Singer Kenny Rogers died Friday night, according to a statement from representative Keith Hagan. He was 81.
The statement said Rogers died "peacefully at home from natural causes under the care of hospice and surrounded by his family."
"The family is planning a small private service at this time out of concern for the national COVID-19 emergency," the statement said. "They look forward to celebrating Kenny's life publicly with his friends and fans at a later date."
Rogers spanned jazz, folk, country and pop with such hits as "Lucille," "Lady" and "Islands in the Stream." The Houston-born performer sold tens of millions of records, won three Grammys and was the star of TV movies based on "The Gambler" and other songs, making him a superstar in the '70s and '80s.
Rogers thrived for some 60 years before retired from touring in 2017 at the age of 79. Despite his crossover success, he always preferred to be thought of as a country singer.
"You either do what everyone else is doing and you do it better, or you do what no one else is doing and you don't invite comparison," Rogers told The Associated Press in 2015. "And I chose that way because I could never be better than Johnny Cash or Willie or Waylon at what they did. So I found something that I could do that didn't invite comparison to them. And I think people thought it was my desire to change country music. But that was never my issue."
"Kenny was one of those artists who transcended beyond one format and geographic borders," says Sarah Trahern, chief executive officer of the Country Music Association. "He was a global superstar who helped introduce country music to audiences all around the world."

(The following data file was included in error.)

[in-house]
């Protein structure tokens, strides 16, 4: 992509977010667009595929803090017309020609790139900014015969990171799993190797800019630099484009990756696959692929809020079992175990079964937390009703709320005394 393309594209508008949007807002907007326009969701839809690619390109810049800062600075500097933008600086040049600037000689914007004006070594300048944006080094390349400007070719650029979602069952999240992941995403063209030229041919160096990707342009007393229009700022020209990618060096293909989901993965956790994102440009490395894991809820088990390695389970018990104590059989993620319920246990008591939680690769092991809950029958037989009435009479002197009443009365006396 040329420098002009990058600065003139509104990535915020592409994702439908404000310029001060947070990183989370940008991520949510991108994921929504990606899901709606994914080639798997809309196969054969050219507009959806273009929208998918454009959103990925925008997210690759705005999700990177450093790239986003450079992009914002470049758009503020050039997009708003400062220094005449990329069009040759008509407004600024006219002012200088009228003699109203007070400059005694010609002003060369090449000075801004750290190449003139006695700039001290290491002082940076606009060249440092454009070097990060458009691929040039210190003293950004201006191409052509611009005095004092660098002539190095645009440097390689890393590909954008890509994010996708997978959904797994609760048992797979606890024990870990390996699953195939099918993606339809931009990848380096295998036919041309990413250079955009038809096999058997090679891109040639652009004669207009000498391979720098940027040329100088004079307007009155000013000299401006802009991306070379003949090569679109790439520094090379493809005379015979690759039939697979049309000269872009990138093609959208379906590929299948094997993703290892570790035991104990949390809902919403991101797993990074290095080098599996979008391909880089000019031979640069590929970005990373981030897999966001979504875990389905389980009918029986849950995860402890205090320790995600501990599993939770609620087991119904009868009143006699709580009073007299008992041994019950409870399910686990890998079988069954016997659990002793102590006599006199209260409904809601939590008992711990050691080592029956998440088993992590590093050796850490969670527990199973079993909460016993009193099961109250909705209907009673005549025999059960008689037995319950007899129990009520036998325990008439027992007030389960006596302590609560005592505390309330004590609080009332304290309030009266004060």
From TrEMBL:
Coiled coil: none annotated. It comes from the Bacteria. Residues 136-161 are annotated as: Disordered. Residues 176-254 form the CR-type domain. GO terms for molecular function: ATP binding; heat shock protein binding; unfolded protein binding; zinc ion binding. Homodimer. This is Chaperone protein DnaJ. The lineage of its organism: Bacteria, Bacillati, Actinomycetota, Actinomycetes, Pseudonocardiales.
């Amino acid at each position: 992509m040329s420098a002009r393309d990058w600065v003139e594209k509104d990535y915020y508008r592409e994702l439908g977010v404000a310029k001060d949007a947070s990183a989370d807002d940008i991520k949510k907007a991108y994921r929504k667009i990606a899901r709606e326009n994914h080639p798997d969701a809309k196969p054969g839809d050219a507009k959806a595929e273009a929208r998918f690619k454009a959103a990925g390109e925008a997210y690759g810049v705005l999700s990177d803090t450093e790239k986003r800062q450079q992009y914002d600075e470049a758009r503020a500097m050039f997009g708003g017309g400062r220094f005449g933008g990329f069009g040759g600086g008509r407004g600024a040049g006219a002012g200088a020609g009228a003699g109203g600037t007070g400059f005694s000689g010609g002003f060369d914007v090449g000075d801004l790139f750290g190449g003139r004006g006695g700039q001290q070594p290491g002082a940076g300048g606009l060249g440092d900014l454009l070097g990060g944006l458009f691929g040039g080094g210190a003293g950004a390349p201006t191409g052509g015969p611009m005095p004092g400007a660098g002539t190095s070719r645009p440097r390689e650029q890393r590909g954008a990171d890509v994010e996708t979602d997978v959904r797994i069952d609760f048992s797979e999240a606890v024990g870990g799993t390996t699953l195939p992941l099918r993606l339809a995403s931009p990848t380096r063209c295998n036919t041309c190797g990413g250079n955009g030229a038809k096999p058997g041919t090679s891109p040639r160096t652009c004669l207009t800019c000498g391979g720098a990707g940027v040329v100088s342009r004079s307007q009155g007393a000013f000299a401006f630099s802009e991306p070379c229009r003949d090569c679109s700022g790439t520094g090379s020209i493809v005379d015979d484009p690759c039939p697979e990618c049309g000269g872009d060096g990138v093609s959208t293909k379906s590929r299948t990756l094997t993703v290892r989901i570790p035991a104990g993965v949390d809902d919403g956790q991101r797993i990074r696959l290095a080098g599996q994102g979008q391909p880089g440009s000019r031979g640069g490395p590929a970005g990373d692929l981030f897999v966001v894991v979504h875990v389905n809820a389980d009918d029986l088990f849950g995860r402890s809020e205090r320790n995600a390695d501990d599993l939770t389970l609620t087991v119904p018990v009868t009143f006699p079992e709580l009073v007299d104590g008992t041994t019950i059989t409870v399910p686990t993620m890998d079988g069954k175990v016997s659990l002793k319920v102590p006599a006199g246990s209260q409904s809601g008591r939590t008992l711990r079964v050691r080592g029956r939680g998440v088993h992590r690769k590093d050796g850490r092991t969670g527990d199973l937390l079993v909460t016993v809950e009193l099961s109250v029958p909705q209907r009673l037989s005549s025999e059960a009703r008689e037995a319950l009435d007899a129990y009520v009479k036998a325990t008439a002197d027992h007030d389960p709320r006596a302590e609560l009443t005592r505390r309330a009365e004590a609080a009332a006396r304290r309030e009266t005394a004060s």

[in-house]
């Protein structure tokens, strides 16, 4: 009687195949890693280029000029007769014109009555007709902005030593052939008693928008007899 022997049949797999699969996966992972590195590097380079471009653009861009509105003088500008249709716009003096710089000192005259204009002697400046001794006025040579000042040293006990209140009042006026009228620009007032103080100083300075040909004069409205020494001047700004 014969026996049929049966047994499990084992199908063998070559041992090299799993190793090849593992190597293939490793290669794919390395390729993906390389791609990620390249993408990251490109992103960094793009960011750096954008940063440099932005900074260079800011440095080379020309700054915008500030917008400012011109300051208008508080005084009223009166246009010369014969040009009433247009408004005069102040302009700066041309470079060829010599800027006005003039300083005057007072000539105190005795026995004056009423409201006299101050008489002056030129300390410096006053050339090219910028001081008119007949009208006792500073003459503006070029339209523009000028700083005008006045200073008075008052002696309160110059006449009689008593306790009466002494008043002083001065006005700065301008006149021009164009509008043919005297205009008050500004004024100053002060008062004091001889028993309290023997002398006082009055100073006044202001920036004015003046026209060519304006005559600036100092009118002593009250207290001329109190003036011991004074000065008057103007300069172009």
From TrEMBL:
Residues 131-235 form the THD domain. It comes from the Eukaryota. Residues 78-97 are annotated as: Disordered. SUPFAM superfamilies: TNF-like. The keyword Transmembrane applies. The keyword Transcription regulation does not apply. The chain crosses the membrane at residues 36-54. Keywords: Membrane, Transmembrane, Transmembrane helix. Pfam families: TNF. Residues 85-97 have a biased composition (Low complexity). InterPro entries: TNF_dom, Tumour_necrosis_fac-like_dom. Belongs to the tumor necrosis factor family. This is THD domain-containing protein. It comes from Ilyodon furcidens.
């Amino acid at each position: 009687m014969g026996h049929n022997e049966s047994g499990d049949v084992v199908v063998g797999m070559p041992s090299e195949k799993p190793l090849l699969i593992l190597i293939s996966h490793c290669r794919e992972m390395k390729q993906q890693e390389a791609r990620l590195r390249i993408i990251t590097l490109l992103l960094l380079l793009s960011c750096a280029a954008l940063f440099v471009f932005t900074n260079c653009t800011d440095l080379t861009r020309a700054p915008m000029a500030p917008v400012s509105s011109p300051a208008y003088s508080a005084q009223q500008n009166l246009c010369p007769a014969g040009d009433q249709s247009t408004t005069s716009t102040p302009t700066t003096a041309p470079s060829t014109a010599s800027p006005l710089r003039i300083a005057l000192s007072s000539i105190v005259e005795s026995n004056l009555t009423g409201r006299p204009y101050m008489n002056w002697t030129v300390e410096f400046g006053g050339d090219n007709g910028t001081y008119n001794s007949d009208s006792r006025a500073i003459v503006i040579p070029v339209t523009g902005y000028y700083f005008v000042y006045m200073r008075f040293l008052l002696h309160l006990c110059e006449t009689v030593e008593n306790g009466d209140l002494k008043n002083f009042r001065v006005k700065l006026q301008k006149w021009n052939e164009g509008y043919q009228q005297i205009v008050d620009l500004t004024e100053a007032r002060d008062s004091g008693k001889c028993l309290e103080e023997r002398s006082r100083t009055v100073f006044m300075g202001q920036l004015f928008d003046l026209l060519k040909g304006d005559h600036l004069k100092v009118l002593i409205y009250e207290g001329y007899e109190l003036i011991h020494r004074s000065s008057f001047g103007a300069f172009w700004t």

Rogers was a five-time CMA Award winner, as well as the recipient of the CMA's Willie Nelson Lifetime Achievement Award in 2013, the same year he was inducted into the Country Music Hall of Fame. He received 10 awards from the Academy of Country Music. He sold more than 47 million records in the United States alone, according to the Recording Industry Association of America.
A true rags-to-riches story, Rogers was raised in public housing in Houston Heights with seven siblings. His breakthrough came when he was asked to join the New Christy Minstrels, a folk group, in 1966.
After the group broke up in 1974, Rogers started his solo career and found a big hit with the sad country ballad "Lucille," in 1977, which crossed over to the pop charts and earned Rogers his first Grammy. Suddenly the star, Rogers added hit after hit for more than a decade.
"The Gambler," the Grammy-winning story song penned by Don Schlitz, came out in 1978 and became his signature song with a signature refrain: "You gotta know when to hold 'em, know when to fold 'em." The song spawned a hit TV movie of the same name and several more sequels featuring Rogers as professional gambler Brady Hawkes, and led to a lengthy side career for Rogers as a TV actor and host of several TV specials.
Other hits included "You Decorated My Life," "Every Time Two Fools Collide" with Dottie West, "Don't Fall In Love with a Dreamer" with Kim Carnes, and "Coward of the County." One of his biggest successes was "Lady," written by Lionel Richie, a chart topper for six weeks straight in 1980.
At the age of 61, Rogers had a brief comeback on the country charts in 2000 with a hit song "Buy Me A Rose," thanks to his other favorite medium, television. Producers of the series "Touched By An Angel" wanted him to appear in an episode, and one of his managers suggested the episode be based on his latest single. That cross-promotional event earned him his first No. 1 country song in 13 years.
Rogers is survived by his wife, Wanda, and his sons Justin, Jordan, Chris and Kenny Jr., as well as two brothers, a sister and grandchildren, nieces and nephews, his representative said.